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United States Mint Updates Collectible Coin Return Policy

The United States Mint announces an update to its Numismatic Customer Return Policy to address the issue of excessive returns.

For many years, the U.S. Mint has been pleased to offer customers the option of returning any Mint product for exchange or refund within seven days of purchase for any reason and without restriction. A review of customer data indicates that the current unrestricted return policy facilitates the practice of excessive returns, which results in significant additional costs to the Mint.

Effective immediately, the Mint reserves the right to limit or refuse returns from purchasers who demonstrate return rates that exceed two percent. This update does not apply to valid issues of product quality. The Mint will advise in writing customers engaging in the practice of excessive returns with a “first notice” and ask them to review their order history and consider making changes to their purchase practices based on the updated return policy.

The Mint will send customers who continue to either return products for refund or exchange above the normal rate a “second notice” advising that the Mint will no longer accept returns from their account. A continued pattern of excessive returns will result in suspension of the customer’s account. Under the modified policy, the Mint reserves the right to charge a fee for excessive returns, but does not plan to implement such a fee at this time.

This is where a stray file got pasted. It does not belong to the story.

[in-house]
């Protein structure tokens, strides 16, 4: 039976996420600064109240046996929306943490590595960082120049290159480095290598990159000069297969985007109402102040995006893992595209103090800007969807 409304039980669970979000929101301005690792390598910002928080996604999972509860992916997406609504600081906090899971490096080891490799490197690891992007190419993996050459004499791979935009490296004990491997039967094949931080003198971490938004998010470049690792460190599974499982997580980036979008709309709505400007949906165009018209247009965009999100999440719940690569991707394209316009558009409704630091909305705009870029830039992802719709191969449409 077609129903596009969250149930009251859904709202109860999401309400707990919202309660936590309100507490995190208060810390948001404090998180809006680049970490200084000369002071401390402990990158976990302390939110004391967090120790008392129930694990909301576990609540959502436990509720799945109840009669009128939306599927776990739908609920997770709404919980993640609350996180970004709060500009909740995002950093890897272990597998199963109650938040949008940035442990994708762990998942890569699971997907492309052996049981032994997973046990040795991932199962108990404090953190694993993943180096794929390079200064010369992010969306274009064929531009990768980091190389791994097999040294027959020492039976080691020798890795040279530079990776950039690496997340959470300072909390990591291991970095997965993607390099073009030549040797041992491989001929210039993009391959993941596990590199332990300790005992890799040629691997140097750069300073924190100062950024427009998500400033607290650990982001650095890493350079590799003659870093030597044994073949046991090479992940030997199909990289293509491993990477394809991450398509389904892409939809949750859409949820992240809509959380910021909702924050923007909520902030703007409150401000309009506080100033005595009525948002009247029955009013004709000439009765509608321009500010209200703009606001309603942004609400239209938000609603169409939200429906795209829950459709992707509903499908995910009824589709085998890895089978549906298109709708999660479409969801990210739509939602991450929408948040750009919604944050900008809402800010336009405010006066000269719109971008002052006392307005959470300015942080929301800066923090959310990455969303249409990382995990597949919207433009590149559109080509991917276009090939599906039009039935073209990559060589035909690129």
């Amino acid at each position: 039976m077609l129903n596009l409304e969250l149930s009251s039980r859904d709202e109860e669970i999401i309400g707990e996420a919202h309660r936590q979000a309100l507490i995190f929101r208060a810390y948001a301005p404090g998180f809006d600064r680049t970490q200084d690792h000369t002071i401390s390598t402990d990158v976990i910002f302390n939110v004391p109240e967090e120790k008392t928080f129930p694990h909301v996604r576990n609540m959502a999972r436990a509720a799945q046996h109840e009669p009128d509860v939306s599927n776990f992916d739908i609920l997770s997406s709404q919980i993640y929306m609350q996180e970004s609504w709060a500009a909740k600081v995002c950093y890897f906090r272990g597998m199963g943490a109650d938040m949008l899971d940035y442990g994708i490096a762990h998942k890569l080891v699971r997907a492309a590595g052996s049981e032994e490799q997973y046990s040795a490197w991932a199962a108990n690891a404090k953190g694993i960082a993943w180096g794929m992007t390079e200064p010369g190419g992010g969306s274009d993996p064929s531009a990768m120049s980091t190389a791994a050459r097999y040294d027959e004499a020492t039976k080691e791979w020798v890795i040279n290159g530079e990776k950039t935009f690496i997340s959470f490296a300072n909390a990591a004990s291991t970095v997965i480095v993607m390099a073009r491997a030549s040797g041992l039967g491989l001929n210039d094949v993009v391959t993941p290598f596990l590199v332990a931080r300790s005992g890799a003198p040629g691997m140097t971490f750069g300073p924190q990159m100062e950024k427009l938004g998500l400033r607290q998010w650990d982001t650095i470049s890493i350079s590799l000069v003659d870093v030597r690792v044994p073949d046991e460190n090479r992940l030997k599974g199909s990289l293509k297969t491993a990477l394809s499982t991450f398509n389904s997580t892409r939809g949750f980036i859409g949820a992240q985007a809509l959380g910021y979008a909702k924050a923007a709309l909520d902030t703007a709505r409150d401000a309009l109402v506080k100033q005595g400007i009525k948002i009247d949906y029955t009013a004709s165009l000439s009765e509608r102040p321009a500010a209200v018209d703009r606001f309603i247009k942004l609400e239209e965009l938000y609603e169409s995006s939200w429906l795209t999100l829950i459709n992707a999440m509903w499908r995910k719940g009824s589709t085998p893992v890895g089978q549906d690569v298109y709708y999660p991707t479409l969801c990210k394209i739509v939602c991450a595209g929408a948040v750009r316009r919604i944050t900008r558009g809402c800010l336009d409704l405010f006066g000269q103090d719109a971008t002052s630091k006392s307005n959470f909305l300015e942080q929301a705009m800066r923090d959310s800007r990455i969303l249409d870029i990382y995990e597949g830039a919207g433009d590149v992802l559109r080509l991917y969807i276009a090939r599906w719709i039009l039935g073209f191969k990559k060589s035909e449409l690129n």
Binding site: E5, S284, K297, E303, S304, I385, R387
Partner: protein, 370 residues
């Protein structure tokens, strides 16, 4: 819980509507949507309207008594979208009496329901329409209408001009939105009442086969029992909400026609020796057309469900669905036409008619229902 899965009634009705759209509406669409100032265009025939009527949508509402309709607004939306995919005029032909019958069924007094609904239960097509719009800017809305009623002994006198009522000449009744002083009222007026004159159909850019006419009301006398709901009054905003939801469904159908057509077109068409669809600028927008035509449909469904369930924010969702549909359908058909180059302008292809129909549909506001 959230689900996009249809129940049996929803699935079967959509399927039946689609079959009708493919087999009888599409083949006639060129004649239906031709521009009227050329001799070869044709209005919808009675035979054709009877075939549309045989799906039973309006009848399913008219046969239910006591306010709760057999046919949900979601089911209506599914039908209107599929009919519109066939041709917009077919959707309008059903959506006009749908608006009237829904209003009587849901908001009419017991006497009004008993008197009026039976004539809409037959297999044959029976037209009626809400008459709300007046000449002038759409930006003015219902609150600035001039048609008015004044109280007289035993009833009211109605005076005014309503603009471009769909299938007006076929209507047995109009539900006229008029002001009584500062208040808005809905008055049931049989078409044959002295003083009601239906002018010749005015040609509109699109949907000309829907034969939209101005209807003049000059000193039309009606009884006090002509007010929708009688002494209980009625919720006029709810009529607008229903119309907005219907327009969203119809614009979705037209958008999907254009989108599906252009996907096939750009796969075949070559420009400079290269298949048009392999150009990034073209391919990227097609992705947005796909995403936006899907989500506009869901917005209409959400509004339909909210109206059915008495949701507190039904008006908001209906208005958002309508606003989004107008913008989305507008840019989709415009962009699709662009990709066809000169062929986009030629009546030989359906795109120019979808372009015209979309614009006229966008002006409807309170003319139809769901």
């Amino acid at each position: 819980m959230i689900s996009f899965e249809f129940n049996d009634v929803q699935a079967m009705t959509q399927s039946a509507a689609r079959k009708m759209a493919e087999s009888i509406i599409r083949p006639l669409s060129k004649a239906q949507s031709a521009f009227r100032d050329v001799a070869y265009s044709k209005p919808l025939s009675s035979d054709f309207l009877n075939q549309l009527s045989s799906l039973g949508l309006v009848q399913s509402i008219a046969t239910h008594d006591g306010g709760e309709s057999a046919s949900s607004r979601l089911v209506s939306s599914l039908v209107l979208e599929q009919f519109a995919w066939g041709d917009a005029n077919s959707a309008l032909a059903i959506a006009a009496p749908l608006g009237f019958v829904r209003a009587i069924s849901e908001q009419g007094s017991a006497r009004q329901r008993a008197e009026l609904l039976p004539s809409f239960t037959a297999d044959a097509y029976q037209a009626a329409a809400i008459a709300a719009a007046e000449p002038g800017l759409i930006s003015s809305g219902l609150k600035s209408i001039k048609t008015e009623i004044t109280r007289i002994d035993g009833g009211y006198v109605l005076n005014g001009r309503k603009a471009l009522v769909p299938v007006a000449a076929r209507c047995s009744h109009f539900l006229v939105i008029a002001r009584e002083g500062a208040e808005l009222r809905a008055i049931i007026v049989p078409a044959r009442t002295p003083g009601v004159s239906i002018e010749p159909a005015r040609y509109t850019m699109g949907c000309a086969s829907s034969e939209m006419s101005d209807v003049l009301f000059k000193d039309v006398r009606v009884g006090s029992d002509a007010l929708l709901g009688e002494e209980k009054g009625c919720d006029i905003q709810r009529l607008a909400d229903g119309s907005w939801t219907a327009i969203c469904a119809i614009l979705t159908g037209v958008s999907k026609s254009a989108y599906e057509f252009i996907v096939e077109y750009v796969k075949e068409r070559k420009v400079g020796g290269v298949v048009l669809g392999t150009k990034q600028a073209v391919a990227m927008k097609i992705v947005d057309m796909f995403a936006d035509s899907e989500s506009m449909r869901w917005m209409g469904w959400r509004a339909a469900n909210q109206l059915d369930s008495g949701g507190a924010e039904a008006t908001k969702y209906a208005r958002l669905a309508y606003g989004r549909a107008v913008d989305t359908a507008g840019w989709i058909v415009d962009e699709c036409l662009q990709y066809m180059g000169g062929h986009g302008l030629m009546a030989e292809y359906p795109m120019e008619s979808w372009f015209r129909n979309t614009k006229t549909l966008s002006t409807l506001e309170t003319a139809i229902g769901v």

This minor change will only affect a small percentage of customers. More importantly, it will ensure that the Mint can continue to offer an exceptionally generous return policy with no impact to the vast majority of customers.

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About the United States Mint

usmintThe United States Mint was created by Congress in 1792 and became part of the Department of the Treasury in 1873. It is the Nation’s sole manufacturer of legal tender coinage and is responsible for producing circulating coinage for the Nation to conduct its trade and commerce.

The U.S. Mint also produces numismatic products, including proof, uncirculated, and commemorative coins; Congressional Gold Medals; and silver and gold bullion coins. The United States Mint’s numismatic programs are self-sustaining and operate at no cost to taxpayers.
 

United States Mint
United States Minthttps://www.usmint.gov/
Since Congress created the United States Mint on April 2, 1792, the primary mission of the Mint is to produce an adequate volume of circulating coinage for the nation. As a self-funded agency, the United States Mint turns revenues beyond its operating expenses over to the General Fund of the Treasury. Other responsibilities include: Maintaining physical custody and protection of the Nation's $100 billion of U.S. gold and silver assets; Manufacturing and selling platinum, gold, and silver bullion coins; and Overseeing production facilities in Denver, Philadelphia, San Francisco, and West Point, as well as the U.S. Bullion Depository at Fort Knox, Kentucky.

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